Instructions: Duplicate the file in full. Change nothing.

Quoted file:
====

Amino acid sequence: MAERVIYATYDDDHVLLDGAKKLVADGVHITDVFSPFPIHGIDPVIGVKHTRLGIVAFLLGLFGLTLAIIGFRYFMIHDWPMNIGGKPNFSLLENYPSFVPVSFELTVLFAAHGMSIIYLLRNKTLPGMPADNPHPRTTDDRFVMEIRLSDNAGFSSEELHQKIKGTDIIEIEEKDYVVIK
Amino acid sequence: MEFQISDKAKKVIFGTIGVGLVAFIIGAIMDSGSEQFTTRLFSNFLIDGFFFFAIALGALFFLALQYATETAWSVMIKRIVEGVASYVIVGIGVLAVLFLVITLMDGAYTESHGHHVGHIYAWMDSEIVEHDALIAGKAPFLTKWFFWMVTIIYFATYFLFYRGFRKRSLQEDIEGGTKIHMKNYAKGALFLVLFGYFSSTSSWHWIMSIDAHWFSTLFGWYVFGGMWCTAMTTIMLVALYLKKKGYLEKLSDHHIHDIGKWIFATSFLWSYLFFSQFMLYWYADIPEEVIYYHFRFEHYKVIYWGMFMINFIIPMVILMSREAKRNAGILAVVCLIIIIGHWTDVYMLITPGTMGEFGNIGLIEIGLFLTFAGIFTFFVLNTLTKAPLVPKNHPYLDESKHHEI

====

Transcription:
Amino acid sequence: MAERVIYATYDDDHVLLDGAKKLVADGVHITDVFSPFPIHGIDPVIGVKHTRLGIVAFLLGLFGLTLAIIGFRYFMIHDWPMNIGGKPNFSLLENYPSFVPVSFELTVLFAAHGMSIIYLLRNKTLPGMPADNPHPRTTDDRFVMEIRLSDNAGFSSEELHQKIKGTDIIEIEEKDYVVIK
Amino acid sequence: MEFQISDKAKKVIFGTIGVGLVAFIIGAIMDSGSEQFTTRLFSNFLIDGFFFFAIALGALFFLALQYATETAWSVMIKRIVEGVASYVIVGIGVLAVLFLVITLMDGAYTESHGHHVGHIYAWMDSEIVEHDALIAGKAPFLTKWFFWMVTIIYFATYFLFYRGFRKRSLQEDIEGGTKIHMKNYAKGALFLVLFGYFSSTSSWHWIMSIDAHWFSTLFGWYVFGGMWCTAMTTIMLVALYLKKKGYLEKLSDHHIHDIGKWIFATSFLWSYLFFSQFMLYWYADIPEEVIYYHFRFEHYKVIYWGMFMINFIIPMVILMSREAKRNAGILAVVCLIIIIGHWTDVYMLITPGTMGEFGNIGLIEIGLFLTFAGIFTFFVLNTLTKAPLVPKNHPYLDESKHHEI